Another option we discussed is an older drug called a bile acid sequestrant. Many in the mold/detox world are familiar with cholestyramine, which is in this class of drugs. Cholestyramine binds to bile acids (derived from cholesterol), which are then excreted. We are leaving this option for now but I wanted to share this information.
In other news!
My lp(a) came back virtually non-existent – hooray! I am resting much easier with this news.
I just had another cholesterol panel drawn as a baseline before starting the Zetia and tinkering with diet. Next steps in my N=1 experiment will include:
- Continuing to eat the same way I have for now – which includes about 35 mg of saturated fat per day as well as 3 eggs;
- While holding diet constant add in the Zetia and retest in 2 months to see how much the drug will lower my cholesterol on its own;
- Tweak my diet to include virtually no saturated fat from animals and coconut products (remember plants have saturated fat, too). Eliminating butter and other dairy products will be the hardest – I will substitute avocado oil for my beloved blueberry muffins; and
- Eliminate eggs – this will be for the sake of experimenting – I have no intention of dropping eggs (the choline!) unless I see a significant drop in cholesterol.
My goal is to bring LDL-C down to about 150 mg/dL (my doctors did not give me a value).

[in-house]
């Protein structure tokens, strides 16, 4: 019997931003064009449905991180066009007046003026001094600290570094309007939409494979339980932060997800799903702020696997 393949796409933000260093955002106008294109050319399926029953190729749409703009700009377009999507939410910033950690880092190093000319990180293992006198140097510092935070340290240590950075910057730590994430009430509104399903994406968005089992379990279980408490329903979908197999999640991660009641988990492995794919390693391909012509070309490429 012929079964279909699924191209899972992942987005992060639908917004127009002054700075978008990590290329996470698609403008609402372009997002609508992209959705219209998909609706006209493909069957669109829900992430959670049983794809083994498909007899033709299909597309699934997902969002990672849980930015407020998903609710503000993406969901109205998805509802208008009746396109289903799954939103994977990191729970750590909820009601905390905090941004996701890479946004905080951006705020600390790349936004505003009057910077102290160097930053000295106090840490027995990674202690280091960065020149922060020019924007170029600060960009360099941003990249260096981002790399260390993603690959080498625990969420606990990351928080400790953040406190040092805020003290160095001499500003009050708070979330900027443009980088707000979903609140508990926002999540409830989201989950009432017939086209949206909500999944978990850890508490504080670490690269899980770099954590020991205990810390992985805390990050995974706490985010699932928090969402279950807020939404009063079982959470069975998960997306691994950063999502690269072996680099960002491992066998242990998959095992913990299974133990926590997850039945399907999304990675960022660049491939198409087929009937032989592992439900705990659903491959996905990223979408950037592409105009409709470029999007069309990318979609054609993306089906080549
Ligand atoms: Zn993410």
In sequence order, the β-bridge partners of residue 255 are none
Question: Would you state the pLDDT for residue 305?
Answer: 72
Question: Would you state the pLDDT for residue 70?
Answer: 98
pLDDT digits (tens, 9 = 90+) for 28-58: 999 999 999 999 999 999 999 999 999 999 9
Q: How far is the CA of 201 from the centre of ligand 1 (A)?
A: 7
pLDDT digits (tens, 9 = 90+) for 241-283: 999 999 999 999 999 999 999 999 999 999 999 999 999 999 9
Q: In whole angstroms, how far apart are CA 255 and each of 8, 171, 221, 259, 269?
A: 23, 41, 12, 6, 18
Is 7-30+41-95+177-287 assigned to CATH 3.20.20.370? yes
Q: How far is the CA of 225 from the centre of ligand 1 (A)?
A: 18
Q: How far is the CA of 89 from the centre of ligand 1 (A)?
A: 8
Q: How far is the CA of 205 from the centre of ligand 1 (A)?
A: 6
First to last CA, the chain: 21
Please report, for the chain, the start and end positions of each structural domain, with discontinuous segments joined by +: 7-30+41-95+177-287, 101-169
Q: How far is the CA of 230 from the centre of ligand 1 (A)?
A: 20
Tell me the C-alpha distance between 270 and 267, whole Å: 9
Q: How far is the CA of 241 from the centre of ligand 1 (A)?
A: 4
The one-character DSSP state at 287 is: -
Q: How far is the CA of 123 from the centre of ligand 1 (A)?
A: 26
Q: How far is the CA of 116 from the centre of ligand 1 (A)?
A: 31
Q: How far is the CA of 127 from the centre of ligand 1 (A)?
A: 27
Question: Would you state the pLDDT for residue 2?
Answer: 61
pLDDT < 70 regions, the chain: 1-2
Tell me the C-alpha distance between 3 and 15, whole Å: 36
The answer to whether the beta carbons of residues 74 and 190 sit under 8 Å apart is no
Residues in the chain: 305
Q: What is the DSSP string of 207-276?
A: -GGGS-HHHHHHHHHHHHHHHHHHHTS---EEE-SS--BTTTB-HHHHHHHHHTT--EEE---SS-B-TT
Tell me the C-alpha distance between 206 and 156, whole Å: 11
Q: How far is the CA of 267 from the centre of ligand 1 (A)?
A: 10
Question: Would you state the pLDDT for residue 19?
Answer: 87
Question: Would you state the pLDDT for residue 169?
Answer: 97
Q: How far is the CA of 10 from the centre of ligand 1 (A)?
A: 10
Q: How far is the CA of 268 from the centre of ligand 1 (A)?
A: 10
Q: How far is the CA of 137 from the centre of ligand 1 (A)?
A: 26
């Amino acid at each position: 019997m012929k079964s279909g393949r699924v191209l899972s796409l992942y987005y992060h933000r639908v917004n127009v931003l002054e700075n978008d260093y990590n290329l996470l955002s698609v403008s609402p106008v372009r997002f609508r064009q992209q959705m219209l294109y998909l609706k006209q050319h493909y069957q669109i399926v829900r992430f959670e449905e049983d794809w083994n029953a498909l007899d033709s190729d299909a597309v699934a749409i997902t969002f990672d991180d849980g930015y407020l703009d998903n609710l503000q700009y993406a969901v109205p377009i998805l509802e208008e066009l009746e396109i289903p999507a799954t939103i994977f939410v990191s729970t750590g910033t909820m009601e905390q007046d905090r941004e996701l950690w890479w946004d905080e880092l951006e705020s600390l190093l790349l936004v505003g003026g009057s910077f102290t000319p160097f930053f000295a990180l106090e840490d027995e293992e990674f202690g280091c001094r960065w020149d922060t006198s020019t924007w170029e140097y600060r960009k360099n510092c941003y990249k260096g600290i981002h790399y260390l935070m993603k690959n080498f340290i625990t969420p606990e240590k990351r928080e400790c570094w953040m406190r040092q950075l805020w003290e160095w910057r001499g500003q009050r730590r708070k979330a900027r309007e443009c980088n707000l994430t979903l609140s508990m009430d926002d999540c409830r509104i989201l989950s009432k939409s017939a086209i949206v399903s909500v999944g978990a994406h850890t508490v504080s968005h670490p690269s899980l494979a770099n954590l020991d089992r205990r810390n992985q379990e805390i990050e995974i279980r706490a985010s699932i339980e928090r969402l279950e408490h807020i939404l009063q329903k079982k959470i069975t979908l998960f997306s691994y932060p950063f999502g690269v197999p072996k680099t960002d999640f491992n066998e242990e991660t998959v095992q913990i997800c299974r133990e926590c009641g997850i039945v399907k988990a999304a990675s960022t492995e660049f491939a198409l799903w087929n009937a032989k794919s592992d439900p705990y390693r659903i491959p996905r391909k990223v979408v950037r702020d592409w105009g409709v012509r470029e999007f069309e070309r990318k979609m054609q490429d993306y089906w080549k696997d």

“Beyond my wildest dreams” (said no one ever about a doctor’s appointment)
I cannot express how grateful I am for the excellent care I received at Stanford for my dyslipidemia. My expectations were exceeded in ways I did not expect at a mainstream medical institution. Most people with keto-induced dyslipidemia struggle to find cardiologists who will entertain non-statin approaches to treating high cholesterol. Just last week a fellow (non-keto) patient with ME/CFS was given a statin for LDL-C of 105 mg/dL in the ER! It is stories such as these that fuel the statin denialists.
I get that standards of care are needed and they need to be based on population-level statistics, i.e., results from drug trials. However, if you have a challenging health problem such as ME/CFS a more personalized approach to medicine is needed. I found exactly that at Stanford.
In general, I do not mention my doctors by name in my blog, but if you are curious to know more about my experience drop me a line.
My other blogs on cholesterol, keto, and ME/CFS:
My next one in the series will explore the link between high cholesterol and ME/CFS.